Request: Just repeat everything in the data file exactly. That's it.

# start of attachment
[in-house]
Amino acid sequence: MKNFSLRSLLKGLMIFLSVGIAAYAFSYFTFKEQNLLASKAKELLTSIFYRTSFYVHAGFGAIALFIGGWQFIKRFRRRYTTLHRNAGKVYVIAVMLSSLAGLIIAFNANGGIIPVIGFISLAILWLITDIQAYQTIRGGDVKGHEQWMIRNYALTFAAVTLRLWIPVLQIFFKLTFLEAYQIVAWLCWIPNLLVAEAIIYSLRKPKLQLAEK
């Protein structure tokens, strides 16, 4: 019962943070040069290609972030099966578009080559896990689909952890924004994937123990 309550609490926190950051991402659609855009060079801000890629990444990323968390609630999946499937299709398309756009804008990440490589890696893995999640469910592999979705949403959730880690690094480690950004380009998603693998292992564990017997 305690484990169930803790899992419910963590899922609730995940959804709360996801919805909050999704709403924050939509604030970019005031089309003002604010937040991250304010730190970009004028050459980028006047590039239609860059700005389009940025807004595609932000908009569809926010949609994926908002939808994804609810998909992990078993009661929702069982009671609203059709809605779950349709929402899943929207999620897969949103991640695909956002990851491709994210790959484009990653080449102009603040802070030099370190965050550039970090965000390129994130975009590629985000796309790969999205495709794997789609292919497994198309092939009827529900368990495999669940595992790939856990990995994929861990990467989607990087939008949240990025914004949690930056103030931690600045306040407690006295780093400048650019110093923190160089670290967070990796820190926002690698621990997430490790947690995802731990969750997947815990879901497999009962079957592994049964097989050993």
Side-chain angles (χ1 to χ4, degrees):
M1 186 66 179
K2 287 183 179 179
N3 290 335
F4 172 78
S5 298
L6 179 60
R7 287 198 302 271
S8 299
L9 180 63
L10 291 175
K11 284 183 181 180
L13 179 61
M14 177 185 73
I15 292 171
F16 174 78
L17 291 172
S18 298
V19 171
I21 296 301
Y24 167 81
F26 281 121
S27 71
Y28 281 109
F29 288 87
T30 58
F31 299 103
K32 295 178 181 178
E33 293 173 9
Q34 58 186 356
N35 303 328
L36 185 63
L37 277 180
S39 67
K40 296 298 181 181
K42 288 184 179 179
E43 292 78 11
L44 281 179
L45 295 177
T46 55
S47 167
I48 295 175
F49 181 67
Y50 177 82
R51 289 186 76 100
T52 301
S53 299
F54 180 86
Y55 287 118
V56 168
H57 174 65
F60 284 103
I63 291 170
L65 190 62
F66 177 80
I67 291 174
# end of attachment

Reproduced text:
[in-house]
Amino acid sequence: MKNFSLRSLLKGLMIFLSVGIAAYAFSYFTFKEQNLLASKAKELLTSIFYRTSFYVHAGFGAIALFIGGWQFIKRFRRRYTTLHRNAGKVYVIAVMLSSLAGLIIAFNANGGIIPVIGFISLAILWLITDIQAYQTIRGGDVKGHEQWMIRNYALTFAAVTLRLWIPVLQIFFKLTFLEAYQIVAWLCWIPNLLVAEAIIYSLRKPKLQLAEK
């Protein structure tokens, strides 16, 4: 019962943070040069290609972030099966578009080559896990689909952890924004994937123990 309550609490926190950051991402659609855009060079801000890629990444990323968390609630999946499937299709398309756009804008990440490589890696893995999640469910592999979705949403959730880690690094480690950004380009998603693998292992564990017997 305690484990169930803790899992419910963590899922609730995940959804709360996801919805909050999704709403924050939509604030970019005031089309003002604010937040991250304010730190970009004028050459980028006047590039239609860059700005389009940025807004595609932000908009569809926010949609994926908002939808994804609810998909992990078993009661929702069982009671609203059709809605779950349709929402899943929207999620897969949103991640695909956002990851491709994210790959484009990653080449102009603040802070030099370190965050550039970090965000390129994130975009590629985000796309790969999205495709794997789609292919497994198309092939009827529900368990495999669940595992790939856990990995994929861990990467989607990087939008949240990025914004949690930056103030931690600045306040407690006295780093400048650019110093923190160089670290967070990796820190926002690698621990997430490790947690995802731990969750997947815990879901497999009962079957592994049964097989050993």
Side-chain angles (χ1 to χ4, degrees):
M1 186 66 179
K2 287 183 179 179
N3 290 335
F4 172 78
S5 298
L6 179 60
R7 287 198 302 271
S8 299
L9 180 63
L10 291 175
K11 284 183 181 180
L13 179 61
M14 177 185 73
I15 292 171
F16 174 78
L17 291 172
S18 298
V19 171
I21 296 301
Y24 167 81
F26 281 121
S27 71
Y28 281 109
F29 288 87
T30 58
F31 299 103
K32 295 178 181 178
E33 293 173 9
Q34 58 186 356
N35 303 328
L36 185 63
L37 277 180
S39 67
K40 296 298 181 181
K42 288 184 179 179
E43 292 78 11
L44 281 179
L45 295 177
T46 55
S47 167
I48 295 175
F49 181 67
Y50 177 82
R51 289 186 76 100
T52 301
S53 299
F54 180 86
Y55 287 118
V56 168
H57 174 65
F60 284 103
I63 291 170
L65 190 62
F66 177 80
I67 291 174